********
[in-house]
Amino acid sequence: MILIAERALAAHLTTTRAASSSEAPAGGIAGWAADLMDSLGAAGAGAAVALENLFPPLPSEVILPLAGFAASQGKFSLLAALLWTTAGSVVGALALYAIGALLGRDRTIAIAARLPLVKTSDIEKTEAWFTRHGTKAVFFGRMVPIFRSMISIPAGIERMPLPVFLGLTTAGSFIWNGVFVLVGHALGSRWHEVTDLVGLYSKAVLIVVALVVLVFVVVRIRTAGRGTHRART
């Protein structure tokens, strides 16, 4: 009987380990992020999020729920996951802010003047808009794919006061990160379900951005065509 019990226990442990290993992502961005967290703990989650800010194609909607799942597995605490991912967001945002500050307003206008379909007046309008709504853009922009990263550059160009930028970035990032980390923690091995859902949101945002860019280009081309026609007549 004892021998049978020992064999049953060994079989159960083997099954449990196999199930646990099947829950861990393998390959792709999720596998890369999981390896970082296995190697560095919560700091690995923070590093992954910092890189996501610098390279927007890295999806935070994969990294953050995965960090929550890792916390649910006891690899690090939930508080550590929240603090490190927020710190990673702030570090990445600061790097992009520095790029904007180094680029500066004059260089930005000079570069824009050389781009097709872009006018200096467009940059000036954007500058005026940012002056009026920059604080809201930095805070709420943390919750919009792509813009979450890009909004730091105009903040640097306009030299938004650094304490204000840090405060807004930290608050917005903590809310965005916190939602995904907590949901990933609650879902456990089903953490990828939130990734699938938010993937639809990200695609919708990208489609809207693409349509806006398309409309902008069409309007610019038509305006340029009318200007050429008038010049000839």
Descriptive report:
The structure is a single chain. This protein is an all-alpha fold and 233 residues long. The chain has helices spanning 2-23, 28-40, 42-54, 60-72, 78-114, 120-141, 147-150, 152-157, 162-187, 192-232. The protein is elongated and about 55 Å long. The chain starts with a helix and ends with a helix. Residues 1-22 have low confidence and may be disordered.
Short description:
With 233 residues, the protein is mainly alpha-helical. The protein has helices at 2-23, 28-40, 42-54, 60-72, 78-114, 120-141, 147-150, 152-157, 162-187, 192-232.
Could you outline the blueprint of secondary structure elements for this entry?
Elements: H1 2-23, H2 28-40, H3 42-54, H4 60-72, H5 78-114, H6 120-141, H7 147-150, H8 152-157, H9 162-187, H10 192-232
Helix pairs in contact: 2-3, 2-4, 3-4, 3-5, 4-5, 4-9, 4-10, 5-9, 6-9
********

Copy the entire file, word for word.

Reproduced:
[in-house]
Amino acid sequence: MILIAERALAAHLTTTRAASSSEAPAGGIAGWAADLMDSLGAAGAGAAVALENLFPPLPSEVILPLAGFAASQGKFSLLAALLWTTAGSVVGALALYAIGALLGRDRTIAIAARLPLVKTSDIEKTEAWFTRHGTKAVFFGRMVPIFRSMISIPAGIERMPLPVFLGLTTAGSFIWNGVFVLVGHALGSRWHEVTDLVGLYSKAVLIVVALVVLVFVVVRIRTAGRGTHRART
């Protein structure tokens, strides 16, 4: 009987380990992020999020729920996951802010003047808009794919006061990160379900951005065509 019990226990442990290993992502961005967290703990989650800010194609909607799942597995605490991912967001945002500050307003206008379909007046309008709504853009922009990263550059160009930028970035990032980390923690091995859902949101945002860019280009081309026609007549 004892021998049978020992064999049953060994079989159960083997099954449990196999199930646990099947829950861990393998390959792709999720596998890369999981390896970082296995190697560095919560700091690995923070590093992954910092890189996501610098390279927007890295999806935070994969990294953050995965960090929550890792916390649910006891690899690090939930508080550590929240603090490190927020710190990673702030570090990445600061790097992009520095790029904007180094680029500066004059260089930005000079570069824009050389781009097709872009006018200096467009940059000036954007500058005026940012002056009026920059604080809201930095805070709420943390919750919009792509813009979450890009909004730091105009903040640097306009030299938004650094304490204000840090405060807004930290608050917005903590809310965005916190939602995904907590949901990933609650879902456990089903953490990828939130990734699938938010993937639809990200695609919708990208489609809207693409349509806006398309409309902008069409309007610019038509305006340029009318200007050429008038010049000839």
Descriptive report:
The structure is a single chain. This protein is an all-alpha fold and 233 residues long. The chain has helices spanning 2-23, 28-40, 42-54, 60-72, 78-114, 120-141, 147-150, 152-157, 162-187, 192-232. The protein is elongated and about 55 Å long. The chain starts with a helix and ends with a helix. Residues 1-22 have low confidence and may be disordered.
Short description:
With 233 residues, the protein is mainly alpha-helical. The protein has helices at 2-23, 28-40, 42-54, 60-72, 78-114, 120-141, 147-150, 152-157, 162-187, 192-232.
Could you outline the blueprint of secondary structure elements for this entry?
Elements: H1 2-23, H2 28-40, H3 42-54, H4 60-72, H5 78-114, H6 120-141, H7 147-150, H8 152-157, H9 162-187, H10 192-232
Helix pairs in contact: 2-3, 2-4, 3-4, 3-5, 4-5, 4-9, 4-10, 5-9, 6-9